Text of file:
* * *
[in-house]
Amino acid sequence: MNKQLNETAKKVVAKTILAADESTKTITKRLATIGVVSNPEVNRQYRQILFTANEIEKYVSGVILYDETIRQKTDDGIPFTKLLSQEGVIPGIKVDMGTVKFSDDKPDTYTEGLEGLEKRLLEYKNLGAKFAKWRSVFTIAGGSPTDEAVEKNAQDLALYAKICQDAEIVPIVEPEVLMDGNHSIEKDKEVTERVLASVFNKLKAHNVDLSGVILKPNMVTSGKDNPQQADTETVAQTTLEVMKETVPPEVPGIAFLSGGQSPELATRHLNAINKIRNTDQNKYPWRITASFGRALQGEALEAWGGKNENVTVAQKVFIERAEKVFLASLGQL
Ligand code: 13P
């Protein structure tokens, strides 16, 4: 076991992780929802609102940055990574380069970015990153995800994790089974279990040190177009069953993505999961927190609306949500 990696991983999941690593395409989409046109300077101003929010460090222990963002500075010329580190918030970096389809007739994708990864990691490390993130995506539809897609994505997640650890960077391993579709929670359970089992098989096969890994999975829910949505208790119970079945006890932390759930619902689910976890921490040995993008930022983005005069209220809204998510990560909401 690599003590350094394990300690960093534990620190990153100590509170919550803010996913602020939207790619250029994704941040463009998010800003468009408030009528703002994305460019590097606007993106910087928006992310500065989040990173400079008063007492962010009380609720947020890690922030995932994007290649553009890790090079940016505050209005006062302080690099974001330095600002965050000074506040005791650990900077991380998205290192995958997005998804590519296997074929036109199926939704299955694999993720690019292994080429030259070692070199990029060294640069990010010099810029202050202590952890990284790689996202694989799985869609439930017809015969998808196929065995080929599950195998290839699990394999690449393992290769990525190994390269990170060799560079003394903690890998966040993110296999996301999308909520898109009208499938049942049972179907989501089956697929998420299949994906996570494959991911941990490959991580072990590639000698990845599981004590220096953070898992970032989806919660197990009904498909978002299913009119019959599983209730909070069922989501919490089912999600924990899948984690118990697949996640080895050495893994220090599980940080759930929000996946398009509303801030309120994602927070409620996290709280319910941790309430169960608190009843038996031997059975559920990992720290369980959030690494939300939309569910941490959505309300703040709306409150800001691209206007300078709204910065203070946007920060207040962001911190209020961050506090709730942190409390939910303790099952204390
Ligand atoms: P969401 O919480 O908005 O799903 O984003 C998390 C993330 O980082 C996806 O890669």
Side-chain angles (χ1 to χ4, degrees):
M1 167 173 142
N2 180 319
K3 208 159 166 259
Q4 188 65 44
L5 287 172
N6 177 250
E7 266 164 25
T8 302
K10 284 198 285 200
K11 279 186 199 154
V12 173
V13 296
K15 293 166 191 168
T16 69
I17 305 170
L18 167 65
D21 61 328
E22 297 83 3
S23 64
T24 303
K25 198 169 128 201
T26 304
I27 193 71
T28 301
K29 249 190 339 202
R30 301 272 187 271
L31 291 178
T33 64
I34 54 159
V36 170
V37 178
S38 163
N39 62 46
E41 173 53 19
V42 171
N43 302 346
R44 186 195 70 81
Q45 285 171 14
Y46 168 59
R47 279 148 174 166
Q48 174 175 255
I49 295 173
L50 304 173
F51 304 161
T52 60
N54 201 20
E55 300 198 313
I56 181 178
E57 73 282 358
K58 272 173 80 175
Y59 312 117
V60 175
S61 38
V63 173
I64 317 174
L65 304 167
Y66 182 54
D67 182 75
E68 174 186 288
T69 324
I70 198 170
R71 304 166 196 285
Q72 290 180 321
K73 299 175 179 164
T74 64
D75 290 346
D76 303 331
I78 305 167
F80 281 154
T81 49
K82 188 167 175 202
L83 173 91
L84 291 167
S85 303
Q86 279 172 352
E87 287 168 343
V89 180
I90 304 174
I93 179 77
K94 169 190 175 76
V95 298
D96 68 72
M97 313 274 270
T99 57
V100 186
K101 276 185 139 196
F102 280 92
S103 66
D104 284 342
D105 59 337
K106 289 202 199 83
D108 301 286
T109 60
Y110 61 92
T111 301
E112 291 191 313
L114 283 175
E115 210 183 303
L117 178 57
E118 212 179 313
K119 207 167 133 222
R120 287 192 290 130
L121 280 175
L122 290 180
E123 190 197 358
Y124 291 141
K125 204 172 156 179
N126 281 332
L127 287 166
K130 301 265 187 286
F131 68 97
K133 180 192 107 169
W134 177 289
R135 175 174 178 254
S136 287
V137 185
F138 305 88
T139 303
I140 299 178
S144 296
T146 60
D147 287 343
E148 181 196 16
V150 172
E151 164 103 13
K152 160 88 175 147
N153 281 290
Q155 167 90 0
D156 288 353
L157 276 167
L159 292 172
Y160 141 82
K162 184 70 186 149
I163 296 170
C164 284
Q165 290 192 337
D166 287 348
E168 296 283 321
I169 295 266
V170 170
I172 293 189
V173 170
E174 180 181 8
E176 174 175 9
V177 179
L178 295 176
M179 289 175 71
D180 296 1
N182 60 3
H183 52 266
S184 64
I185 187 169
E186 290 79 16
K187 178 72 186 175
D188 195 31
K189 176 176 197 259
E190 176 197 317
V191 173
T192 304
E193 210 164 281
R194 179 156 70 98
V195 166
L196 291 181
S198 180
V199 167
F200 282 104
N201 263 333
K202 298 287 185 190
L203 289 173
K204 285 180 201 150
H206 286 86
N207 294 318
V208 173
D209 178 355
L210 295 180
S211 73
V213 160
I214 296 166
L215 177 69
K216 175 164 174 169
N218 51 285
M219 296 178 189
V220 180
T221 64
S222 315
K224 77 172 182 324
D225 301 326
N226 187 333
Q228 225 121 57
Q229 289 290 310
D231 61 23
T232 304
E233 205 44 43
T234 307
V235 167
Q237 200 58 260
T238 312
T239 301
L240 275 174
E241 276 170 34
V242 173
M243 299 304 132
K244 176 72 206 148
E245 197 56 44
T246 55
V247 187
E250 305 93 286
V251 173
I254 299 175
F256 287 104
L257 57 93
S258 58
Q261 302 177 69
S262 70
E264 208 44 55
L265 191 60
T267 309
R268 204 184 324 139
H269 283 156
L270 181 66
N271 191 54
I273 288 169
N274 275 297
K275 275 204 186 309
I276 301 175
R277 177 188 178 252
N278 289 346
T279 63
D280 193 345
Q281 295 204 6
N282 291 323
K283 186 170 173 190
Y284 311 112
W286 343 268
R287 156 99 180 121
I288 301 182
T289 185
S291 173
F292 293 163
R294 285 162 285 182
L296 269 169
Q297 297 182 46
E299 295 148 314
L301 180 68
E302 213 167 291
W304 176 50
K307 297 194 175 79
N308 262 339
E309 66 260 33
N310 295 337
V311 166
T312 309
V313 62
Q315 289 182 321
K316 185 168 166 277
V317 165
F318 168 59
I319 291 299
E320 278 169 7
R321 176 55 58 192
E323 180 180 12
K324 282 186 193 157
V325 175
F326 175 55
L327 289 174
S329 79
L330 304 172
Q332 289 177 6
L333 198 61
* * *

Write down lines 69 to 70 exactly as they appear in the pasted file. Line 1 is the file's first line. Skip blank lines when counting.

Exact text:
Q72 290 180 321
K73 299 175 179 164